The long-anticipated Star Wars prequel Episode I: The Phantom Menace hit theaters on May 19, 1999.
The prequel concept was considered pretty groundbreaking at the time and following a 16-year break between Star Wars movies, fans were super-hyped to see the film.
Actually the excitement leading up to the release of The Phantom Menace was border-line hysteria. A film writer summed it up best for CNN:
“George Lucas’ return to the director’s chair for another installment of his deified space opera has so fully infiltrated every nook and cranny of the American experience, you’d think that Obi-Wan Kenobi is expected to blurt out a secret cure for cancer when the movie opens on May 19.”Paul Tatara
Even the release of the trailer in November 1998 was a major event.
The trailer appeared first in just 75 select cinemas across the US and Canada at three specific movies: The Waterboy, Meet Joe Black and The Siege. As a result, ticket sales for those films went through the roof.
Three days later the trailer rolled out in all theatres across North America.
The next spring early reviews of The Phantom Menace ranged from indifferent to negative. Rolling Stone magazine was in the negative camp saying:
“The actors are wallpaper, the jokes are juvenile, there’s no romance, and the dialogue lands with the thud of a computer-instruction manual.”Rolling Stone
Despite the negative pre-release reviews, moviegoers still flocked to see The Phantom Menace when it opened and the film broke attendance records through sheer momentum.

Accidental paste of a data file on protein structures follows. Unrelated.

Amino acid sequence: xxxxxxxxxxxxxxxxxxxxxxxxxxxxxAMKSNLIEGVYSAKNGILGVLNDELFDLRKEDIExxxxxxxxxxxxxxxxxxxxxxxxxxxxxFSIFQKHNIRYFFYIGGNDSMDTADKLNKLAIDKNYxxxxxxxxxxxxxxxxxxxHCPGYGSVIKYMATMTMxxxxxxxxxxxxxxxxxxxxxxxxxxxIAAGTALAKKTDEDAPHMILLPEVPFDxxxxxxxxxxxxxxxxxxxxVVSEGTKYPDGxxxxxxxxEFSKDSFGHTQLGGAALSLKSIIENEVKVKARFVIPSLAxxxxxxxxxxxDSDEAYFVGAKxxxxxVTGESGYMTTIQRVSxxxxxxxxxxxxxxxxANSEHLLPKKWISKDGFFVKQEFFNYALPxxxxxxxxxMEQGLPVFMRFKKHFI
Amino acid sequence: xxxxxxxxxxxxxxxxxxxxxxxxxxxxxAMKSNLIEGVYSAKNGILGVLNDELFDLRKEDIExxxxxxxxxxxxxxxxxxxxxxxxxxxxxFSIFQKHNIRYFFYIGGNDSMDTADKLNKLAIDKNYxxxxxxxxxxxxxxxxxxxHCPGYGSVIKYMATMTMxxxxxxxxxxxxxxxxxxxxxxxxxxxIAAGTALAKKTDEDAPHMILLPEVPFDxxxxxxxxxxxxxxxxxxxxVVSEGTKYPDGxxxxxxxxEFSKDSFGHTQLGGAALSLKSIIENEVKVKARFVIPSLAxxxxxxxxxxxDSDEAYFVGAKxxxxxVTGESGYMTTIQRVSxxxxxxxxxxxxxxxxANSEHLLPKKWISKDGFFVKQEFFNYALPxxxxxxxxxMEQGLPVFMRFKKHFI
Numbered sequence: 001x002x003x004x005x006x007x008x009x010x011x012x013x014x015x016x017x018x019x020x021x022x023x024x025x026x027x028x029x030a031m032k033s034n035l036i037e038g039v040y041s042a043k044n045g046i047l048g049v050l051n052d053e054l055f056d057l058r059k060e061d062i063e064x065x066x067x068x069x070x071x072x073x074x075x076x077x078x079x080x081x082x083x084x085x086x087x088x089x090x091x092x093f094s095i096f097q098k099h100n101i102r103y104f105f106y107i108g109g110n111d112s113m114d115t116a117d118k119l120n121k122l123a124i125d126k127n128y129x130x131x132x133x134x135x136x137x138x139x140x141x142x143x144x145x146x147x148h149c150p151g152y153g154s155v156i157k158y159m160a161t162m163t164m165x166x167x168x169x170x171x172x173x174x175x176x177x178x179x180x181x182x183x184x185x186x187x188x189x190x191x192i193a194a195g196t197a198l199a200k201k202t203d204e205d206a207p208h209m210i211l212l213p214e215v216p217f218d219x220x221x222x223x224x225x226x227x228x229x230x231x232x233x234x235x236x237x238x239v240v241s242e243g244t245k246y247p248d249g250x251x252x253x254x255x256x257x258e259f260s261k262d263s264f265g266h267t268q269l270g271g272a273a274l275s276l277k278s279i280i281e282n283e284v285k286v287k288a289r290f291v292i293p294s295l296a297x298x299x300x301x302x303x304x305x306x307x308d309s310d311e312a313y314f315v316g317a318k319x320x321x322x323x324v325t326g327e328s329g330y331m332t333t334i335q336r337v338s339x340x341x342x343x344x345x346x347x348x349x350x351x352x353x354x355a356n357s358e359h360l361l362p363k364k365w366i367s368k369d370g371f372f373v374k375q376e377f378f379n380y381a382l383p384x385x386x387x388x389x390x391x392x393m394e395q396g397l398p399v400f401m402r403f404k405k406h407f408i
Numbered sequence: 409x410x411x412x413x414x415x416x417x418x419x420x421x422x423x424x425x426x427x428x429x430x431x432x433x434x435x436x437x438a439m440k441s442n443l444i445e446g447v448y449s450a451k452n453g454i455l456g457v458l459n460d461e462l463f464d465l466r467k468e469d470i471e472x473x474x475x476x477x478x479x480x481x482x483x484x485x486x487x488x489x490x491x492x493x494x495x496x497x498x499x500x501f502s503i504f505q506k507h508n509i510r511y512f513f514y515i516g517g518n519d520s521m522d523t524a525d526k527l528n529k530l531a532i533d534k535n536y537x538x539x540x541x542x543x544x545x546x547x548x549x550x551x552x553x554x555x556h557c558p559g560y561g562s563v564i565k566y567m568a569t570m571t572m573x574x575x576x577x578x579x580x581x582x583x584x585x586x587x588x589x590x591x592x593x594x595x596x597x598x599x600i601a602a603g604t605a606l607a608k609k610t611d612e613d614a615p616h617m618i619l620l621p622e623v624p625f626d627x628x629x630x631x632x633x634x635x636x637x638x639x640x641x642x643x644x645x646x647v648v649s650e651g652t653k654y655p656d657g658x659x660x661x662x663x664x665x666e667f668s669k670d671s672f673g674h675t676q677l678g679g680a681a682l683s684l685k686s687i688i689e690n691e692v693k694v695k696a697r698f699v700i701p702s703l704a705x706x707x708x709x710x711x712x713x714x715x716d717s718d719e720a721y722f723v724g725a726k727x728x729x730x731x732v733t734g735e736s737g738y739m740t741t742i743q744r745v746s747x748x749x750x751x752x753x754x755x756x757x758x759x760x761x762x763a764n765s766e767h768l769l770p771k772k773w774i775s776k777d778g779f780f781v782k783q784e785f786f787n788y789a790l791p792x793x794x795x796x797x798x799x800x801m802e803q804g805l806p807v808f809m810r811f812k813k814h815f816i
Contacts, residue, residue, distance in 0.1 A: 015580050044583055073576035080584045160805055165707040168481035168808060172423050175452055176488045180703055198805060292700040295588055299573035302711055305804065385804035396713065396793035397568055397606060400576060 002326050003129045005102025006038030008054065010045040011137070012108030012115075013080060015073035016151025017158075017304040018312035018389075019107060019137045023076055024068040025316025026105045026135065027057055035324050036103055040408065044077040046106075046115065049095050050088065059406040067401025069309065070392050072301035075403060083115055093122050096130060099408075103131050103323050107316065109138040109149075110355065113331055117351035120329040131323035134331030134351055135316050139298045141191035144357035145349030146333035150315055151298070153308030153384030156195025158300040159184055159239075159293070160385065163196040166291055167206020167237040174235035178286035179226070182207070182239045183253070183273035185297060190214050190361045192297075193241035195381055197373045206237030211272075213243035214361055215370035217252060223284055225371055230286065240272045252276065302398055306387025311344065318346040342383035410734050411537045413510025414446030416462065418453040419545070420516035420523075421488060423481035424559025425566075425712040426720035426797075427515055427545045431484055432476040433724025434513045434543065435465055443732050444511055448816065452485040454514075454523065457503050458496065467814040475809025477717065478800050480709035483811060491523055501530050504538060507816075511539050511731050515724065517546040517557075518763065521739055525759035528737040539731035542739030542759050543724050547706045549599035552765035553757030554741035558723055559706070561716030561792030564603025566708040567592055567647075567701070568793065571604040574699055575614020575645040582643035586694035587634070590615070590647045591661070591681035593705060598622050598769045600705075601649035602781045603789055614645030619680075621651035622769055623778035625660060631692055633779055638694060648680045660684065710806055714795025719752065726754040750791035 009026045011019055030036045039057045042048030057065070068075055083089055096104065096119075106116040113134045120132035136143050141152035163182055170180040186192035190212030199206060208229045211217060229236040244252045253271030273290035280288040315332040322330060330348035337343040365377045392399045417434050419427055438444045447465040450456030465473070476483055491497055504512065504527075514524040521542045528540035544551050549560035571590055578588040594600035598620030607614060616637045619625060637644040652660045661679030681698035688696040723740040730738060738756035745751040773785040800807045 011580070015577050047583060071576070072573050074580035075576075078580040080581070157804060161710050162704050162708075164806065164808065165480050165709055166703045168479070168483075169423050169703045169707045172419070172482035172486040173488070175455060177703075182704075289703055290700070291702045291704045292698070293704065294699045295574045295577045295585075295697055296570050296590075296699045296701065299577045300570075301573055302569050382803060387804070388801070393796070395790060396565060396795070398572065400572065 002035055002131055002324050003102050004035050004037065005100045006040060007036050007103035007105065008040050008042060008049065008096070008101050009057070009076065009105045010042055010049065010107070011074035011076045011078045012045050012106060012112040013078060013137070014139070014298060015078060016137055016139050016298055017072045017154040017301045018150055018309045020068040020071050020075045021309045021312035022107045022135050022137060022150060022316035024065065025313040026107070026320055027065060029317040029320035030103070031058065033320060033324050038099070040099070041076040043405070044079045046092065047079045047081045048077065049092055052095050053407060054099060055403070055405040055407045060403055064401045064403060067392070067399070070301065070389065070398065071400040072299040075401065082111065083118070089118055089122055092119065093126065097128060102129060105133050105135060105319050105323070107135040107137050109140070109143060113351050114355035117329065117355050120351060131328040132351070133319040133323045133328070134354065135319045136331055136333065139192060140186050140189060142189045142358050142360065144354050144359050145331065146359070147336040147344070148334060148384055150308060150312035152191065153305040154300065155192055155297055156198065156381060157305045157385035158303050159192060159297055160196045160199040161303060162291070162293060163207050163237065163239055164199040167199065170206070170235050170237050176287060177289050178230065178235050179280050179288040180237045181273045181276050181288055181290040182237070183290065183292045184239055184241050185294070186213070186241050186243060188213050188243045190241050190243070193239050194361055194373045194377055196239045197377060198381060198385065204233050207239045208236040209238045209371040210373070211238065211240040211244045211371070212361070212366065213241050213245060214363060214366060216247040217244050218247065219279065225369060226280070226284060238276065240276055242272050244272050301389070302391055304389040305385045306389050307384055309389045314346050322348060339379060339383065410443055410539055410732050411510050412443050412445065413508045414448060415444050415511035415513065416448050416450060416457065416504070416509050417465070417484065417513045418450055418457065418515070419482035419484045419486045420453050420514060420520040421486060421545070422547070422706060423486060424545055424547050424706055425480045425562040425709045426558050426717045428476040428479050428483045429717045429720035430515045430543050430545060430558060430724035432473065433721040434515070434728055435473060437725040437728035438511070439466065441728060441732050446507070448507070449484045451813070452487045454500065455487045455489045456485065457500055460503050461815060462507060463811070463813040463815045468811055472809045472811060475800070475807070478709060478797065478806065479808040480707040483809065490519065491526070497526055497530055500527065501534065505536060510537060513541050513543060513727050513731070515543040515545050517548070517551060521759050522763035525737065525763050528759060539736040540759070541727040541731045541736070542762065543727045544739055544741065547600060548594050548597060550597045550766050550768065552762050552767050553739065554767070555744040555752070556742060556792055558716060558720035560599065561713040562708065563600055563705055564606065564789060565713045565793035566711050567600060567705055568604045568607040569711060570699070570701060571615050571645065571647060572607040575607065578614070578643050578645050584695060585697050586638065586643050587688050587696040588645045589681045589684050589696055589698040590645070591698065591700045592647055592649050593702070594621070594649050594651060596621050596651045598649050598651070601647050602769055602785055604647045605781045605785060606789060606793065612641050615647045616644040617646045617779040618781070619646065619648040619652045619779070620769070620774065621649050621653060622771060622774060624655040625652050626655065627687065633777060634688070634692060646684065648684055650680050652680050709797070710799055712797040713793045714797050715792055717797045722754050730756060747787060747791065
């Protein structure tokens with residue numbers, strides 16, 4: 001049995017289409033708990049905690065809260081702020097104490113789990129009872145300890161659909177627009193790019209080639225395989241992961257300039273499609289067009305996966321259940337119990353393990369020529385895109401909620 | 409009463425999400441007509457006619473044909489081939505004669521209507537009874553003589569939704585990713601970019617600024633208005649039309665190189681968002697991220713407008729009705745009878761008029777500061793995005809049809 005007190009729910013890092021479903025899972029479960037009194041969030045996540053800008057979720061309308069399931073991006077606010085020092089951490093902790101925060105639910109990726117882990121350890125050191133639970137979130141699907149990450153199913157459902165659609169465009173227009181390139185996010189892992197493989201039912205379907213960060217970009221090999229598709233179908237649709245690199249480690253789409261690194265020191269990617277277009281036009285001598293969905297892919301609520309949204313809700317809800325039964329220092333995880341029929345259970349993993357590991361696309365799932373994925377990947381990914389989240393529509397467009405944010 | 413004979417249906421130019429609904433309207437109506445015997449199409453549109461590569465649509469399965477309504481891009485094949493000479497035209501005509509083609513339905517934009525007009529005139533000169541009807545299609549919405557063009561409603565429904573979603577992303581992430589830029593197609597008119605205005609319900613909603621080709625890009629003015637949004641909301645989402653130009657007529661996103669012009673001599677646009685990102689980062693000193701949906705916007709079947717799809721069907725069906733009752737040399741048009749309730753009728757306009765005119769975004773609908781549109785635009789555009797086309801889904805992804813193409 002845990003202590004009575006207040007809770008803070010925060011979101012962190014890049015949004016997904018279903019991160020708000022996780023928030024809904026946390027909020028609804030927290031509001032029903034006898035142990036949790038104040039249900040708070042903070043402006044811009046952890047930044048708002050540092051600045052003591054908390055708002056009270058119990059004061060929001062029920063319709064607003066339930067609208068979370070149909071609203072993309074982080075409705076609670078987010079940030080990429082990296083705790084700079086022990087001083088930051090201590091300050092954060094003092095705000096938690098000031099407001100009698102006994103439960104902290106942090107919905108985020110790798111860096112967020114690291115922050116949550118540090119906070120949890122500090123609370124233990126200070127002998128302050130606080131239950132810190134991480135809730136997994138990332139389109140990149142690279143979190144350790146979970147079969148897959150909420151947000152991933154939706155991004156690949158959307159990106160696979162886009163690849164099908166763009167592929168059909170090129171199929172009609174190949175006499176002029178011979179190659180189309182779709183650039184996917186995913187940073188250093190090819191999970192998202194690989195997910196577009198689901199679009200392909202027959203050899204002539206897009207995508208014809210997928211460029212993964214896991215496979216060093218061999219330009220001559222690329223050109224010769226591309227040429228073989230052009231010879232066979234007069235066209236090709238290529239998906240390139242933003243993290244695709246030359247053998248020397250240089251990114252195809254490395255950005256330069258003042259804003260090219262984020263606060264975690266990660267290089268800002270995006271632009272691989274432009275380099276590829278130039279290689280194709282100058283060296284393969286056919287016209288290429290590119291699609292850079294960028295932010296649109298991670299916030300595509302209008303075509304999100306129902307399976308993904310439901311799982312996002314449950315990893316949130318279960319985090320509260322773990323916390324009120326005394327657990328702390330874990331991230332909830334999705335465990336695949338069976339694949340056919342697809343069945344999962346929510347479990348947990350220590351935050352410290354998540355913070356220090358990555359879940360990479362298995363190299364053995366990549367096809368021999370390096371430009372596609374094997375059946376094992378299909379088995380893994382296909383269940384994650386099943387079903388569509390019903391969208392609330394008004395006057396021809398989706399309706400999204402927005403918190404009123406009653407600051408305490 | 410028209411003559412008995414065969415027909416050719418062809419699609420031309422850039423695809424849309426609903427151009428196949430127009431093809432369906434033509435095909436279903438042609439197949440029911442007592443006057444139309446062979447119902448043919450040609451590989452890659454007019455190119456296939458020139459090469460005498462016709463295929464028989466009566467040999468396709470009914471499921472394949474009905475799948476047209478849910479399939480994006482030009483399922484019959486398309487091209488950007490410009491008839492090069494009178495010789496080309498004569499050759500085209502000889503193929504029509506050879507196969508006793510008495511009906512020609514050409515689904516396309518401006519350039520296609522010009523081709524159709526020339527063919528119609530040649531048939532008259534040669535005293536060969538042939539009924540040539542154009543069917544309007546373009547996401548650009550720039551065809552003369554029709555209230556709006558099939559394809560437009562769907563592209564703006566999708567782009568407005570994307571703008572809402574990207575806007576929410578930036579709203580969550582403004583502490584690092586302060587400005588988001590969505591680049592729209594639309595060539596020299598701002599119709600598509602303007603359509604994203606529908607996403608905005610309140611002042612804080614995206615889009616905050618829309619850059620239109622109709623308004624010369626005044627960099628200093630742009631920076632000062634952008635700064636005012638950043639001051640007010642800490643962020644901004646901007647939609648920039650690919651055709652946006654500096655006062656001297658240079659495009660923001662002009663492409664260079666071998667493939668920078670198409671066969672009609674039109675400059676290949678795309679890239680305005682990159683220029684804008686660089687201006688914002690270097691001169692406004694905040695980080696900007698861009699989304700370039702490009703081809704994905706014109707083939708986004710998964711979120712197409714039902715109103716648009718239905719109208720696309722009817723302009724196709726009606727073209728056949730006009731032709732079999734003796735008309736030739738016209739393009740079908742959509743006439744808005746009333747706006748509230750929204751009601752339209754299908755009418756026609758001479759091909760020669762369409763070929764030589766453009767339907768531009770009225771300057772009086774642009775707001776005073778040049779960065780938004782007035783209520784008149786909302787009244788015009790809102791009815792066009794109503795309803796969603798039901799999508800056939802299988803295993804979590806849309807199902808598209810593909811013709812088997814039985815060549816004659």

The reaction of fans depended on their age. Younger fans who weren’t around when the original trilogy was released really liked it. But older fans were disappointed, confused and in some cases angry.
Some of the reasons they ended up hating Phantom Menace included:
- The creation and prominent role of Jar Jar Binks. Most people hated the new character and accused George Lucas of creating him solely to sell toys and cater to younger audiences.
- Darth Vader’s origin story. Lucas’ choice to depict Anakin Skywalker as a kid remains one of the most controversial aspects of Phantom Menace.
- Too much political jargon. Many thought Lucas had made a mistake by filling the script with words like senate, trade deals and separatists.
- The use of CGI. Many fans of the franchise were turned off by the decision to abandon practical effects and instead mainly use technology and CGI.
Shortly after The Phantom Menace came out, George Lucas suggested that his film simply couldn’t meet the weight of expectation – that the media attention had resulted in the prequel being “overhyped.”
While some still consider The Phantom Menace to be the low point of the Star Wars franchise it did accomplish one thing. It marked the beginning of an era when super fans could use their power on blogs and online discussion groups to turn an entire franchise on its head.
For more stories from the 90s, check out my podcast “History of the 90s” available on ApplePodcasts, Spotify, Google Play and anywhere else you stream audio. You can also listen at http://www.curiouscast.ca